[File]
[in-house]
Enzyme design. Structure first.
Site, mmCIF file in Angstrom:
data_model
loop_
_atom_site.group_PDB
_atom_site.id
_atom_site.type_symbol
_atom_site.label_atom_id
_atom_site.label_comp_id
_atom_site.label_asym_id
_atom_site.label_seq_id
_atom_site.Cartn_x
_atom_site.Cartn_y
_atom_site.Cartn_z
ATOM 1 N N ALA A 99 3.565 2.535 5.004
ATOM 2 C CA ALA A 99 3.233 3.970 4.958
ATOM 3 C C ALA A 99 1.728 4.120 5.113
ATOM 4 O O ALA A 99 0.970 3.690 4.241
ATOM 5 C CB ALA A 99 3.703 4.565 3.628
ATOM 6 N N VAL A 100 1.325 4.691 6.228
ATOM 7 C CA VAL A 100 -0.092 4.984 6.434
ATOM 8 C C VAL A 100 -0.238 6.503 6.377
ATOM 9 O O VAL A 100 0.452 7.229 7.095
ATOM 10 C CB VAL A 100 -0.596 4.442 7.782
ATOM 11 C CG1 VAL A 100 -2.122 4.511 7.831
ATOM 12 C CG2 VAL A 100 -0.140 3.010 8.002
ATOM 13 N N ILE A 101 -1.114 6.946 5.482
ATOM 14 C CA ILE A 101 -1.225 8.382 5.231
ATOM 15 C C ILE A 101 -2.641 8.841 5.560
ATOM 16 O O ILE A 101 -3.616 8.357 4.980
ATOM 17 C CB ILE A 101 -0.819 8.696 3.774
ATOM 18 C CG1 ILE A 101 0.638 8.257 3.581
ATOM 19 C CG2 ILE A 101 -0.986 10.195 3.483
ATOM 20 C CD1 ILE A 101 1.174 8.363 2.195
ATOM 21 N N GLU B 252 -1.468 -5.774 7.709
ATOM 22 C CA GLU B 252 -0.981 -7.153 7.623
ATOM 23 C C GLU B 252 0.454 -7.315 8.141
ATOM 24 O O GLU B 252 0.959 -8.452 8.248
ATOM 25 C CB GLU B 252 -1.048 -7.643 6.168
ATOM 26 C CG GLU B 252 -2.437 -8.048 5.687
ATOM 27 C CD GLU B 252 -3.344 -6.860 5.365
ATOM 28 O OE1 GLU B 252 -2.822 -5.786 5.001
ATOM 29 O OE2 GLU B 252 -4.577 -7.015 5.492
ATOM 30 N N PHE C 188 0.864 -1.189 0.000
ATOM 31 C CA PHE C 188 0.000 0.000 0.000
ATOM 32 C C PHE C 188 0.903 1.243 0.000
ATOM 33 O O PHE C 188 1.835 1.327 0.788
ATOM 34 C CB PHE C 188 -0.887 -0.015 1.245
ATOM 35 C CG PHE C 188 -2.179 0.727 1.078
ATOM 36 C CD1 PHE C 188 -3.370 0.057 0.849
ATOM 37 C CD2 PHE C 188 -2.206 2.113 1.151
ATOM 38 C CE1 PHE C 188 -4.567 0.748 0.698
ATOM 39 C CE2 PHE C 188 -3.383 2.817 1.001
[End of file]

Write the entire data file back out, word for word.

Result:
[in-house]
Enzyme design. Structure first.
Site, mmCIF file in Angstrom:
data_model
loop_
_atom_site.group_PDB
_atom_site.id
_atom_site.type_symbol
_atom_site.label_atom_id
_atom_site.label_comp_id
_atom_site.label_asym_id
_atom_site.label_seq_id
_atom_site.Cartn_x
_atom_site.Cartn_y
_atom_site.Cartn_z
ATOM 1 N N ALA A 99 3.565 2.535 5.004
ATOM 2 C CA ALA A 99 3.233 3.970 4.958
ATOM 3 C C ALA A 99 1.728 4.120 5.113
ATOM 4 O O ALA A 99 0.970 3.690 4.241
ATOM 5 C CB ALA A 99 3.703 4.565 3.628
ATOM 6 N N VAL A 100 1.325 4.691 6.228
ATOM 7 C CA VAL A 100 -0.092 4.984 6.434
ATOM 8 C C VAL A 100 -0.238 6.503 6.377
ATOM 9 O O VAL A 100 0.452 7.229 7.095
ATOM 10 C CB VAL A 100 -0.596 4.442 7.782
ATOM 11 C CG1 VAL A 100 -2.122 4.511 7.831
ATOM 12 C CG2 VAL A 100 -0.140 3.010 8.002
ATOM 13 N N ILE A 101 -1.114 6.946 5.482
ATOM 14 C CA ILE A 101 -1.225 8.382 5.231
ATOM 15 C C ILE A 101 -2.641 8.841 5.560
ATOM 16 O O ILE A 101 -3.616 8.357 4.980
ATOM 17 C CB ILE A 101 -0.819 8.696 3.774
ATOM 18 C CG1 ILE A 101 0.638 8.257 3.581
ATOM 19 C CG2 ILE A 101 -0.986 10.195 3.483
ATOM 20 C CD1 ILE A 101 1.174 8.363 2.195
ATOM 21 N N GLU B 252 -1.468 -5.774 7.709
ATOM 22 C CA GLU B 252 -0.981 -7.153 7.623
ATOM 23 C C GLU B 252 0.454 -7.315 8.141
ATOM 24 O O GLU B 252 0.959 -8.452 8.248
ATOM 25 C CB GLU B 252 -1.048 -7.643 6.168
ATOM 26 C CG GLU B 252 -2.437 -8.048 5.687
ATOM 27 C CD GLU B 252 -3.344 -6.860 5.365
ATOM 28 O OE1 GLU B 252 -2.822 -5.786 5.001
ATOM 29 O OE2 GLU B 252 -4.577 -7.015 5.492
ATOM 30 N N PHE C 188 0.864 -1.189 0.000
ATOM 31 C CA PHE C 188 0.000 0.000 0.000
ATOM 32 C C PHE C 188 0.903 1.243 0.000
ATOM 33 O O PHE C 188 1.835 1.327 0.788
ATOM 34 C CB PHE C 188 -0.887 -0.015 1.245
ATOM 35 C CG PHE C 188 -2.179 0.727 1.078
ATOM 36 C CD1 PHE C 188 -3.370 0.057 0.849
ATOM 37 C CD2 PHE C 188 -2.206 2.113 1.151
ATOM 38 C CE1 PHE C 188 -4.567 0.748 0.698
ATOM 39 C CE2 PHE C 188 -3.383 2.817 1.001